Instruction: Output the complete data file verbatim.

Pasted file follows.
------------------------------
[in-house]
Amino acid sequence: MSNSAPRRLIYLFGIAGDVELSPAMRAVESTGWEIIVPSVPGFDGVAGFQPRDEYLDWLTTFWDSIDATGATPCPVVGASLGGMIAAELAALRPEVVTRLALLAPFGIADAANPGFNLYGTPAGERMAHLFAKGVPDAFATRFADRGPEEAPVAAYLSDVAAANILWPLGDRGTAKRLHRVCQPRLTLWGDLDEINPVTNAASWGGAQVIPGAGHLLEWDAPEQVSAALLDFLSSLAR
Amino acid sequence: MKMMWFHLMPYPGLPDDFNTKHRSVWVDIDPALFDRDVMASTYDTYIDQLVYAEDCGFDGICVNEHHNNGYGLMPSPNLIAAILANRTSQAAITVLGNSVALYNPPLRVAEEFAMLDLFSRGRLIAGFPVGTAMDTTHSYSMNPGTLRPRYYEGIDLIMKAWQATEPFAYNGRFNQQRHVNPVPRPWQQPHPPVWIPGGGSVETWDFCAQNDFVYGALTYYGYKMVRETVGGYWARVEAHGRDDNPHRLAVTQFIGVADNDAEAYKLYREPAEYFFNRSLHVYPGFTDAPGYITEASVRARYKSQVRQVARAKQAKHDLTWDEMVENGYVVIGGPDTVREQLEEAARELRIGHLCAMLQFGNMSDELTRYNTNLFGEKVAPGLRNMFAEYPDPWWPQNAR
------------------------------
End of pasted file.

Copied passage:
[in-house]
Amino acid sequence: MSNSAPRRLIYLFGIAGDVELSPAMRAVESTGWEIIVPSVPGFDGVAGFQPRDEYLDWLTTFWDSIDATGATPCPVVGASLGGMIAAELAALRPEVVTRLALLAPFGIADAANPGFNLYGTPAGERMAHLFAKGVPDAFATRFADRGPEEAPVAAYLSDVAAANILWPLGDRGTAKRLHRVCQPRLTLWGDLDEINPVTNAASWGGAQVIPGAGHLLEWDAPEQVSAALLDFLSSLAR
Amino acid sequence: MKMMWFHLMPYPGLPDDFNTKHRSVWVDIDPALFDRDVMASTYDTYIDQLVYAEDCGFDGICVNEHHNNGYGLMPSPNLIAAILANRTSQAAITVLGNSVALYNPPLRVAEEFAMLDLFSRGRLIAGFPVGTAMDTTHSYSMNPGTLRPRYYEGIDLIMKAWQATEPFAYNGRFNQQRHVNPVPRPWQQPHPPVWIPGGGSVETWDFCAQNDFVYGALTYYGYKMVRETVGGYWARVEAHGRDDNPHRLAVTQFIGVADNDAEAYKLYREPAEYFFNRSLHVYPGFTDAPGYITEASVRARYKSQVRQVARAKQAKHDLTWDEMVENGYVVIGGPDTVREQLEEAARELRIGHLCAMLQFGNMSDELTRYNTNLFGEKVAPGLRNMFAEYPDPWWPQNAR